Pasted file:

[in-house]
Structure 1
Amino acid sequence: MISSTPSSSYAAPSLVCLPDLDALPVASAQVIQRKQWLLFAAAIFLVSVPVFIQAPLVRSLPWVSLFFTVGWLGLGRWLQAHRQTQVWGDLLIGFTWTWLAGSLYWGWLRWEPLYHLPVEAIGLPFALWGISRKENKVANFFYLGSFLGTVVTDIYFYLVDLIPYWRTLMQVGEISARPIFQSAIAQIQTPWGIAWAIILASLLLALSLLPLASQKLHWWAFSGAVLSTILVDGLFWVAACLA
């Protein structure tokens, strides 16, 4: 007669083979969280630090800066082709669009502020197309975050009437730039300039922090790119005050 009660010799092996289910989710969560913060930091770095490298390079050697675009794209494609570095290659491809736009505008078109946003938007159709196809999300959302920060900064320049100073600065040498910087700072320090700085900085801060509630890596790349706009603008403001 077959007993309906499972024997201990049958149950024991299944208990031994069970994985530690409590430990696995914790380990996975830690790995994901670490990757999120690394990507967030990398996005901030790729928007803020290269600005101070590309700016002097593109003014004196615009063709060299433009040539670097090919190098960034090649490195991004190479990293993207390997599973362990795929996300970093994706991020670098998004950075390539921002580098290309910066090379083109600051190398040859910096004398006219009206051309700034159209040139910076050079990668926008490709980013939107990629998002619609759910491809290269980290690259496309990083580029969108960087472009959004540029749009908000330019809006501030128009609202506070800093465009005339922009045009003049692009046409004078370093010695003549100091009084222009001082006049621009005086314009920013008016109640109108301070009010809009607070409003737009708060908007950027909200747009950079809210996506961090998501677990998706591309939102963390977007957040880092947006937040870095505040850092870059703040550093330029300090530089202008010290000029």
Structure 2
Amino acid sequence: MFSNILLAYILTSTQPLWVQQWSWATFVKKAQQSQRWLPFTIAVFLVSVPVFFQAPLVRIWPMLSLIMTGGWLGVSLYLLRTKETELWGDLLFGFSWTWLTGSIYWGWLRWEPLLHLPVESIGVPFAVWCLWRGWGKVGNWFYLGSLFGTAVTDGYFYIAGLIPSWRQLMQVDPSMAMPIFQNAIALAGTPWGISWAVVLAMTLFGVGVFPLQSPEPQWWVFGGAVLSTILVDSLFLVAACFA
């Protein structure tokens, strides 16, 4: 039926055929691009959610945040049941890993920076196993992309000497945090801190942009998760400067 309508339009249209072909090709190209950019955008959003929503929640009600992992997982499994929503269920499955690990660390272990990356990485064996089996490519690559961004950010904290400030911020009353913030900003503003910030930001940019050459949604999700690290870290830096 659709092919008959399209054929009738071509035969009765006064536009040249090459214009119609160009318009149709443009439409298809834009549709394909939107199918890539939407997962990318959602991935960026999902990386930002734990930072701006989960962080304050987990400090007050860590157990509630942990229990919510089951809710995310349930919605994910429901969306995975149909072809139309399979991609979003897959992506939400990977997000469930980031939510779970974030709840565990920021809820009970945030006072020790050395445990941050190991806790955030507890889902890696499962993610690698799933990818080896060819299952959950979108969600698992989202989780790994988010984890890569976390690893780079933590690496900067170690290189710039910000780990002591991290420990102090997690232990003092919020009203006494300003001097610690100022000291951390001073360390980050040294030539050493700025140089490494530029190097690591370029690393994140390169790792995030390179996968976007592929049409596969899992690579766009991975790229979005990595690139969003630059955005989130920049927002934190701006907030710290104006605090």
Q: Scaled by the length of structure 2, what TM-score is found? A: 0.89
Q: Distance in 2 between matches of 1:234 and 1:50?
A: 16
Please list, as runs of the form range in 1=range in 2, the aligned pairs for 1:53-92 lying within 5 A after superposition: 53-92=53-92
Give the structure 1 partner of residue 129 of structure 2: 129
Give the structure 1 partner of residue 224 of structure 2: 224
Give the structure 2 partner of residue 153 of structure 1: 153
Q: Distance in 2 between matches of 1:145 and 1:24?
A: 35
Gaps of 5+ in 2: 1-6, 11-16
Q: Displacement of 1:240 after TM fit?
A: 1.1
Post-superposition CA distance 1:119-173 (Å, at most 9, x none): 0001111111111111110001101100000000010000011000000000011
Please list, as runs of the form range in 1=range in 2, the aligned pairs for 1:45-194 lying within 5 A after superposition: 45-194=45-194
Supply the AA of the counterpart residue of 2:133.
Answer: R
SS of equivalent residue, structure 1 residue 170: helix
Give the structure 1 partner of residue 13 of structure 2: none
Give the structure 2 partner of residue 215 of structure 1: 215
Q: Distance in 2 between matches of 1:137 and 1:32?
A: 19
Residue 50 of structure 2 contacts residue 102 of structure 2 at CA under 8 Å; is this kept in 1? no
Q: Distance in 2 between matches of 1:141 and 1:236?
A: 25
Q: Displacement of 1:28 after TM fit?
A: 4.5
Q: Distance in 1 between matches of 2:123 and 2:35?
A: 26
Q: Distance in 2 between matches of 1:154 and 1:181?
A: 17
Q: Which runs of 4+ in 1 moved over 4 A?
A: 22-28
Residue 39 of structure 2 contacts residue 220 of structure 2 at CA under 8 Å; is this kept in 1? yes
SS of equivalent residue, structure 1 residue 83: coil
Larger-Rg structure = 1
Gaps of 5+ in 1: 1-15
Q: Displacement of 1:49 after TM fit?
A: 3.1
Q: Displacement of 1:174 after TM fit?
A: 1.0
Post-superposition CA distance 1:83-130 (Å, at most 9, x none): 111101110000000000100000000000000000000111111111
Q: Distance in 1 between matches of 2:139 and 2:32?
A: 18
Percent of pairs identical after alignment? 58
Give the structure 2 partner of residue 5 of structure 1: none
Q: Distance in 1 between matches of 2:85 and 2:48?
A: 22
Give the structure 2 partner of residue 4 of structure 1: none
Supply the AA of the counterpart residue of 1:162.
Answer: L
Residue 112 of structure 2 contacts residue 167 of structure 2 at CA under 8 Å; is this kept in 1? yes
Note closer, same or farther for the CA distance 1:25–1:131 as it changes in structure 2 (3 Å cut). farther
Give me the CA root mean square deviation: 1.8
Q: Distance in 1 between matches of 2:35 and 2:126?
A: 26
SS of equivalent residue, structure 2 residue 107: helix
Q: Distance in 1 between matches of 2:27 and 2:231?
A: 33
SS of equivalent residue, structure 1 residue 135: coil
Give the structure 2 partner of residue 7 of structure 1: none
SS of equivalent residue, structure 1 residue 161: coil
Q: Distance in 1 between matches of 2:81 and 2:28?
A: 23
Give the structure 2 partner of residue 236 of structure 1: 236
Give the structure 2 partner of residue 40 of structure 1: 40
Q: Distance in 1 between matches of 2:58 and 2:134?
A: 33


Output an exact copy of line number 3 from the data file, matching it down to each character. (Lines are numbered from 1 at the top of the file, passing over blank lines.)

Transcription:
Amino acid sequence: MISSTPSSSYAAPSLVCLPDLDALPVASAQVIQRKQWLLFAAAIFLVSVPVFIQAPLVRSLPWVSLFFTVGWLGLGRWLQAHRQTQVWGDLLIGFTWTWLAGSLYWGWLRWEPLYHLPVEAIGLPFALWGISRKENKVANFFYLGSFLGTVVTDIYFYLVDLIPYWRTLMQVGEISARPIFQSAIAQIQTPWGIAWAIILASLLLALSLLPLASQKLHWWAFSGAVLSTILVDGLFWVAACLA